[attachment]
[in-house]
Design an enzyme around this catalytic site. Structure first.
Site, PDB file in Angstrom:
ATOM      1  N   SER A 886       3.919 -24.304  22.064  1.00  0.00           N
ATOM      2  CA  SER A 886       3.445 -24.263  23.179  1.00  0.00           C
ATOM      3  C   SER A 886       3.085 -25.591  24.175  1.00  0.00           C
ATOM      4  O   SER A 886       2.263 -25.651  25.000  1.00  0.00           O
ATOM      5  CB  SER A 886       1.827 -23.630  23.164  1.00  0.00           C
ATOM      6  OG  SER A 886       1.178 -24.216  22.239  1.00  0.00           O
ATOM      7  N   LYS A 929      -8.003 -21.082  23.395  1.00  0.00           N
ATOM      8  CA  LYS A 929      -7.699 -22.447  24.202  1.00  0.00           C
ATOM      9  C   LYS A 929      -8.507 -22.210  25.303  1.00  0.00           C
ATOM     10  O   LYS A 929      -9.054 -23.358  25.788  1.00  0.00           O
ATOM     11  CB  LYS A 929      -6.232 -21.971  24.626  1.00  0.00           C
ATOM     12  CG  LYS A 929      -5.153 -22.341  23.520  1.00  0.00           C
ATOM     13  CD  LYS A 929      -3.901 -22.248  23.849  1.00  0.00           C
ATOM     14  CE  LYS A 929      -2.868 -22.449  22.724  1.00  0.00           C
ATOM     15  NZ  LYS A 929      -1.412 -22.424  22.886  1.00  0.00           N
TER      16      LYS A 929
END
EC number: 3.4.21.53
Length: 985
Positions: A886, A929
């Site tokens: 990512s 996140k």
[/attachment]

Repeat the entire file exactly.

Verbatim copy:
[in-house]
Design an enzyme around this catalytic site. Structure first.
Site, PDB file in Angstrom:
ATOM      1  N   SER A 886       3.919 -24.304  22.064  1.00  0.00           N
ATOM      2  CA  SER A 886       3.445 -24.263  23.179  1.00  0.00           C
ATOM      3  C   SER A 886       3.085 -25.591  24.175  1.00  0.00           C
ATOM      4  O   SER A 886       2.263 -25.651  25.000  1.00  0.00           O
ATOM      5  CB  SER A 886       1.827 -23.630  23.164  1.00  0.00           C
ATOM      6  OG  SER A 886       1.178 -24.216  22.239  1.00  0.00           O
ATOM      7  N   LYS A 929      -8.003 -21.082  23.395  1.00  0.00           N
ATOM      8  CA  LYS A 929      -7.699 -22.447  24.202  1.00  0.00           C
ATOM      9  C   LYS A 929      -8.507 -22.210  25.303  1.00  0.00           C
ATOM     10  O   LYS A 929      -9.054 -23.358  25.788  1.00  0.00           O
ATOM     11  CB  LYS A 929      -6.232 -21.971  24.626  1.00  0.00           C
ATOM     12  CG  LYS A 929      -5.153 -22.341  23.520  1.00  0.00           C
ATOM     13  CD  LYS A 929      -3.901 -22.248  23.849  1.00  0.00           C
ATOM     14  CE  LYS A 929      -2.868 -22.449  22.724  1.00  0.00           C
ATOM     15  NZ  LYS A 929      -1.412 -22.424  22.886  1.00  0.00           N
TER      16      LYS A 929
END
EC number: 3.4.21.53
Length: 985
Positions: A886, A929
């Site tokens: 990512s 996140k």